“The Book of Me: A Guide to Scrapbooking about Yourself” by Angie Pedersen
Day 651 of going through my mother’s things and what should I find but a handmade book full of her old concert tickets? To my left sits an old baby wipe container consisting of ultrasound pictures of me faded from heat and to my right is a cigar box full of pictures of my mother’s adventures, from childhood to college. Now here I sit, staring at it all, wondering what I should do with such perfectly priceless treasures. The answer comes naturally: Scrapbooking.
“The Book of Me” by Angie Pedersen may not be the newest, most popular book about scrapbooking out there, but it’s certainly the book I needed to push me in the right direction. Pedersen sees the big picture. To her, a scrapbook is a book full of memories, both pictorial and written. She includes journaling. It’s a smart idea because not all of us will have our memories one day. Now is the time to cut and paste them into a physical existence, so should that ever happen, we can remember.
The Foreword in Pedersen’s book alone was exactly what I was thinking and feeling when I wished to start this project. Author Joanna Campbell Slan wrote a beautiful memory about hearing of a woman dying of brain cancer. Her time was short, and yet, for her two young sons, she created a lasting memory, a “legacy album.” This is what I wish to create and with Pedersen’s book, half the work is already done.
Certain roles that Pedersen has filled within her own life are what she calls each of her chapters, such as “Soul Mate,” “Worker Bee,” “A Work in Progress,” and most importantly to me “Nurturer.” Throughout each of these chapters, Pedersen includes a little introduction as to why she has created this certain page in her scrapbook about herself. She lists at least 25 prompts for journaling within that role. She even includes quotes for one to use along the way, whether it be within her reader’s scrapbook or to inspire and encourage.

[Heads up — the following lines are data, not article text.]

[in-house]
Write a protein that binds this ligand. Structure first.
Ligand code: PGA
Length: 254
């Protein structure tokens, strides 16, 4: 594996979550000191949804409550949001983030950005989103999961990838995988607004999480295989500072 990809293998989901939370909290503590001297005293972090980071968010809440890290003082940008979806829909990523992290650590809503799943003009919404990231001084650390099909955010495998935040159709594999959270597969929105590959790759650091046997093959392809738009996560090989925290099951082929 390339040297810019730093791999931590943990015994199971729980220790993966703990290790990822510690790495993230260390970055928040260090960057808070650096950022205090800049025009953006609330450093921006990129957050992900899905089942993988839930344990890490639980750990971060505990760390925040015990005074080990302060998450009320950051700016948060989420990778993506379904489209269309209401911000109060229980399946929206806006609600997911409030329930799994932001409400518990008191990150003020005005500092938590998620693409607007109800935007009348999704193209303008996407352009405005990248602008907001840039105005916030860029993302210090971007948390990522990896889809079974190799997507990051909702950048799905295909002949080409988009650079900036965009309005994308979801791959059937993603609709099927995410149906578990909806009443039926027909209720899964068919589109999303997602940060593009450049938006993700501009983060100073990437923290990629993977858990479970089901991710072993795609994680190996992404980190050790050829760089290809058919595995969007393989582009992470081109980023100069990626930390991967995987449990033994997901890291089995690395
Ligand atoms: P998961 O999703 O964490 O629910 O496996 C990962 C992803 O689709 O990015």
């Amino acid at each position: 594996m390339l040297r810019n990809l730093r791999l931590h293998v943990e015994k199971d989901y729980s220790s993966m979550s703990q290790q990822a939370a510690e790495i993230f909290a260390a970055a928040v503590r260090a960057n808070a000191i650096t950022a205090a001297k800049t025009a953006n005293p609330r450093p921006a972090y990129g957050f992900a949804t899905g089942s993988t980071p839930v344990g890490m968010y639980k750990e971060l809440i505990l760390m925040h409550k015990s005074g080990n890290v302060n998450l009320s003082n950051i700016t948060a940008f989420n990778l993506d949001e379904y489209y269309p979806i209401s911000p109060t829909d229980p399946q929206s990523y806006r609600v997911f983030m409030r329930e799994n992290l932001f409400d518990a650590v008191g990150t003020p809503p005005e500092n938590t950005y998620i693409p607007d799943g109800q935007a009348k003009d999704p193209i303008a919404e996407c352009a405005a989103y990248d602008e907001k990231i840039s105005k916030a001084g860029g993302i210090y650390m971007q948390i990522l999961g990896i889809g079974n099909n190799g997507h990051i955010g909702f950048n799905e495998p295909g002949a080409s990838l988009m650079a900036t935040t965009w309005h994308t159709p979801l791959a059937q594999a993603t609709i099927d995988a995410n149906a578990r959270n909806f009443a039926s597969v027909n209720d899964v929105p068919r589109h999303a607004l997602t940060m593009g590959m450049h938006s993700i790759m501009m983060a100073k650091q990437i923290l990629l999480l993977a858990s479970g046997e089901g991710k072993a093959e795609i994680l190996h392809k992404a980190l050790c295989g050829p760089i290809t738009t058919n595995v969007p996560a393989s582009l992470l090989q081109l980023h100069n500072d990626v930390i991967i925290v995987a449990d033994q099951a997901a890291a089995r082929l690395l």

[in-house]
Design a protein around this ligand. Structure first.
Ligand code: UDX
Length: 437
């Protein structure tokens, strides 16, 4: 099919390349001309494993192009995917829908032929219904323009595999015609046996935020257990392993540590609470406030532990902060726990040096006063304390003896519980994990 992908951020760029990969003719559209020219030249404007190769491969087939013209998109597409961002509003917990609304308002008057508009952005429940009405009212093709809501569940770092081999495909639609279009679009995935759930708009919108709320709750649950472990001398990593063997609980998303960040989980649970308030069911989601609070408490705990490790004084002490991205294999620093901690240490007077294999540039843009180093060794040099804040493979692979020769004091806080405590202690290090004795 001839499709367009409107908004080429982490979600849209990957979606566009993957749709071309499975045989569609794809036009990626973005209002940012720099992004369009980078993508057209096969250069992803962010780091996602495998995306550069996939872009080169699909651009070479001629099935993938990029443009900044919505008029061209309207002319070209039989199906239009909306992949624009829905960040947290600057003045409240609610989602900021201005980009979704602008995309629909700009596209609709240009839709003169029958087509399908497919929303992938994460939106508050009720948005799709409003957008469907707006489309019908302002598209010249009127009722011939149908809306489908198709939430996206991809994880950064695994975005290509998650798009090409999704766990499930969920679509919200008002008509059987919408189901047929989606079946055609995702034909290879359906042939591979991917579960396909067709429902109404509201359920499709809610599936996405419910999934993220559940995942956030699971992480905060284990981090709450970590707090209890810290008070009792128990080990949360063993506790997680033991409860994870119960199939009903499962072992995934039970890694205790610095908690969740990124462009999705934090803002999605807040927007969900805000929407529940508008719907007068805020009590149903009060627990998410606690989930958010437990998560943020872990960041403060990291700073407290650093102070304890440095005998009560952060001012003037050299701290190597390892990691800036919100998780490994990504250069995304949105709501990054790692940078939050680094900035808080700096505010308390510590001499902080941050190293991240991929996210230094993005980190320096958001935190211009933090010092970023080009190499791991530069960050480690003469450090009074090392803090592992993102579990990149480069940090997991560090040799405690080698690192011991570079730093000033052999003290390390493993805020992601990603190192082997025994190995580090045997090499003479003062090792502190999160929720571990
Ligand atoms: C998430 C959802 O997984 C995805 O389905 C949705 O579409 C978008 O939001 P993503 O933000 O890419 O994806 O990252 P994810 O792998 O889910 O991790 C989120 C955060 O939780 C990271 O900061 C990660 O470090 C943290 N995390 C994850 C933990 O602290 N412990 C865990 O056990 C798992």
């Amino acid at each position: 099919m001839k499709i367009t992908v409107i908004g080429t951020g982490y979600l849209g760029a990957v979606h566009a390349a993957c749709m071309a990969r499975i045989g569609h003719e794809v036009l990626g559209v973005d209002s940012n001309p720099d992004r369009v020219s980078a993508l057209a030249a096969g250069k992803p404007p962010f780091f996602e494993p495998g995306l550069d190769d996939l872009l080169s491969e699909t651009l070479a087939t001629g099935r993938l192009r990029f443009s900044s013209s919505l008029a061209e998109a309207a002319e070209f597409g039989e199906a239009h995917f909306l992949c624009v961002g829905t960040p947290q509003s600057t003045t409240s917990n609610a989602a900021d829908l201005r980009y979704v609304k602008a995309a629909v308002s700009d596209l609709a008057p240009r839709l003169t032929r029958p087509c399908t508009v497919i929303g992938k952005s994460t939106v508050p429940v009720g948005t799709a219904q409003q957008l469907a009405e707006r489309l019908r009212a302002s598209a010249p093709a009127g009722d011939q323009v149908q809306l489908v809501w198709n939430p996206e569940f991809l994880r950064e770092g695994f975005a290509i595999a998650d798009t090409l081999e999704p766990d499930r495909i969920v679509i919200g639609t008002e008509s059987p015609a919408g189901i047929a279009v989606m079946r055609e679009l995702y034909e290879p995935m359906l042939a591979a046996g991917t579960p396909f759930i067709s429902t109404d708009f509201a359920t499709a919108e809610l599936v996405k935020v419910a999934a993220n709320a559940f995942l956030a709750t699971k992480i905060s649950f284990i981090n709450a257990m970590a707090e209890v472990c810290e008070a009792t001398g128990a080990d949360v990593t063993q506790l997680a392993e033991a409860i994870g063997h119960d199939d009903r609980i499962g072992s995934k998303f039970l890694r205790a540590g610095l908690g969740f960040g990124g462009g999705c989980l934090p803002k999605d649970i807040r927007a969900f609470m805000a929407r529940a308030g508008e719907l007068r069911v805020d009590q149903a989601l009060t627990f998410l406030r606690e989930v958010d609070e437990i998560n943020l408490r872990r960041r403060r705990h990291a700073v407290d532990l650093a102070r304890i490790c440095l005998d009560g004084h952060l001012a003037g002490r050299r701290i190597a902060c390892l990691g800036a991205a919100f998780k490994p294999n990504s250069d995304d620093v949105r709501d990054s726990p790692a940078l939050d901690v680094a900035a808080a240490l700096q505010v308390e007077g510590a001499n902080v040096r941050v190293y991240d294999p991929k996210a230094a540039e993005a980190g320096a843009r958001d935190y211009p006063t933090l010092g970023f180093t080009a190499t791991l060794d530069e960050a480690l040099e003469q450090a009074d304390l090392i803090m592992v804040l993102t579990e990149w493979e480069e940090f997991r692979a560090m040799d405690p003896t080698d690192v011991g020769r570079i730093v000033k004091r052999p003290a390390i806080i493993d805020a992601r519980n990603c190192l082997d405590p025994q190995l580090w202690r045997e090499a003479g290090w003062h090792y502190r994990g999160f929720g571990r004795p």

Pedersen has a special was of treating the person reading “The Book of Me.” Not only is it a how-to book, but it could even be considered a self-help book. After all, scrapbooking is a reflective and meditative art that makes one look back on past experiences. A finished scrapbook means closure.
The best part of “The Book of Me” is how Pedersen provides ingenious ways in which to create a page even if you don’t have pictures to commemorate the memory. She tells her readers how to break away from rules they think might be a part of scrapbooking that are holding them back, such as photocopying pictures.
What I didn’t particularly care for about this book was the amount of crafting. Although the journaling aspect of this book was well planned and thought through, the actual craft of scrapbooking was not as touched upon. I would have liked a chapter on the craft, talking about matting, font, cut-outs, etc.
Anyone can take Pedersen’s ideas and make them their own. Scrapbooking is a very creative discipline. There is no right or wrong. If it is a reflection of you, it is exactly what a scrapbook should be.
Emery Lai is a Library Assistant at Alamance County Public Libraries. She may be reached at firstname.lastname@example.org or 336-229-3588.